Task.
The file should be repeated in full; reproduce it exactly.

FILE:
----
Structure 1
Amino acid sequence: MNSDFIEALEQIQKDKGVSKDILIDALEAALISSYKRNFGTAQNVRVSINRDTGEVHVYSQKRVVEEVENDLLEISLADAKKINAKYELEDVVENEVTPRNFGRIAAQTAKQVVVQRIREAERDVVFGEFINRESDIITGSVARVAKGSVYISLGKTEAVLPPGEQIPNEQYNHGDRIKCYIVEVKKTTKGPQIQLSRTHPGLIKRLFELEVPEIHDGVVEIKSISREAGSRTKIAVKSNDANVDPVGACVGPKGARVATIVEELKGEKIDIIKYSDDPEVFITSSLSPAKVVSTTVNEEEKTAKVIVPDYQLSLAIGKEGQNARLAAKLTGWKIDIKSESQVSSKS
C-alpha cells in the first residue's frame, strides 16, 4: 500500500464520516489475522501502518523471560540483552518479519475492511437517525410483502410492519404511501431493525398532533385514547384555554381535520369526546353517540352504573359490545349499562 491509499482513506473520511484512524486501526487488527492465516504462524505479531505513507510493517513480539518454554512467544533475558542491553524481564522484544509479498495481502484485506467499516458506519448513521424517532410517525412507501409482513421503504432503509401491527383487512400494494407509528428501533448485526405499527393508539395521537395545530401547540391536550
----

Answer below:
Structure 1
Amino acid sequence: MNSDFIEALEQIQKDKGVSKDILIDALEAALISSYKRNFGTAQNVRVSINRDTGEVHVYSQKRVVEEVENDLLEISLADAKKINAKYELEDVVENEVTPRNFGRIAAQTAKQVVVQRIREAERDVVFGEFINRESDIITGSVARVAKGSVYISLGKTEAVLPPGEQIPNEQYNHGDRIKCYIVEVKKTTKGPQIQLSRTHPGLIKRLFELEVPEIHDGVVEIKSISREAGSRTKIAVKSNDANVDPVGACVGPKGARVATIVEELKGEKIDIIKYSDDPEVFITSSLSPAKVVSTTVNEEEKTAKVIVPDYQLSLAIGKEGQNARLAAKLTGWKIDIKSESQVSSKS
C-alpha cells in the first residue's frame, strides 16, 4: 500500500464520516489475522501502518523471560540483552518479519475492511437517525410483502410492519404511501431493525398532533385514547384555554381535520369526546353517540352504573359490545349499562 491509499482513506473520511484512524486501526487488527492465516504462524505479531505513507510493517513480539518454554512467544533475558542491553524481564522484544509479498495481502484485506467499516458506519448513521424517532410517525412507501409482513421503504432503509401491527383487512400494494407509528428501533448485526405499527393508539395521537395545530401547540391536550